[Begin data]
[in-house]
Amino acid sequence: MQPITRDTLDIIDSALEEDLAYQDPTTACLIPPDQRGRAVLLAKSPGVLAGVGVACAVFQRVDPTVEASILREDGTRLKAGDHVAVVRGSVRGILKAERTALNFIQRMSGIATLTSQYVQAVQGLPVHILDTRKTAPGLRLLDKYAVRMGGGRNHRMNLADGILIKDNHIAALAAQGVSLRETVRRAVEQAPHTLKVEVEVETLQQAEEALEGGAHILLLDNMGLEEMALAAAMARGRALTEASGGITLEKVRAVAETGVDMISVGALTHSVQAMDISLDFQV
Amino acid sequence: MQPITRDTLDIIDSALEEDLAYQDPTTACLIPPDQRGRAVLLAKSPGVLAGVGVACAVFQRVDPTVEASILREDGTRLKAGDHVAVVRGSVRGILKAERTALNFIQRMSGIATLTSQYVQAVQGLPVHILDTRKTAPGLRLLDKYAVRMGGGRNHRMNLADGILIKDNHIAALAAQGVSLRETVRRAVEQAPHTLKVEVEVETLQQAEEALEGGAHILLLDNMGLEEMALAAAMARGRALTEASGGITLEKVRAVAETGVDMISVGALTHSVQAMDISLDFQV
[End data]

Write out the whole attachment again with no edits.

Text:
[in-house]
Amino acid sequence: MQPITRDTLDIIDSALEEDLAYQDPTTACLIPPDQRGRAVLLAKSPGVLAGVGVACAVFQRVDPTVEASILREDGTRLKAGDHVAVVRGSVRGILKAERTALNFIQRMSGIATLTSQYVQAVQGLPVHILDTRKTAPGLRLLDKYAVRMGGGRNHRMNLADGILIKDNHIAALAAQGVSLRETVRRAVEQAPHTLKVEVEVETLQQAEEALEGGAHILLLDNMGLEEMALAAAMARGRALTEASGGITLEKVRAVAETGVDMISVGALTHSVQAMDISLDFQV
Amino acid sequence: MQPITRDTLDIIDSALEEDLAYQDPTTACLIPPDQRGRAVLLAKSPGVLAGVGVACAVFQRVDPTVEASILREDGTRLKAGDHVAVVRGSVRGILKAERTALNFIQRMSGIATLTSQYVQAVQGLPVHILDTRKTAPGLRLLDKYAVRMGGGRNHRMNLADGILIKDNHIAALAAQGVSLRETVRRAVEQAPHTLKVEVEVETLQQAEEALEGGAHILLLDNMGLEEMALAAAMARGRALTEASGGITLEKVRAVAETGVDMISVGALTHSVQAMDISLDFQV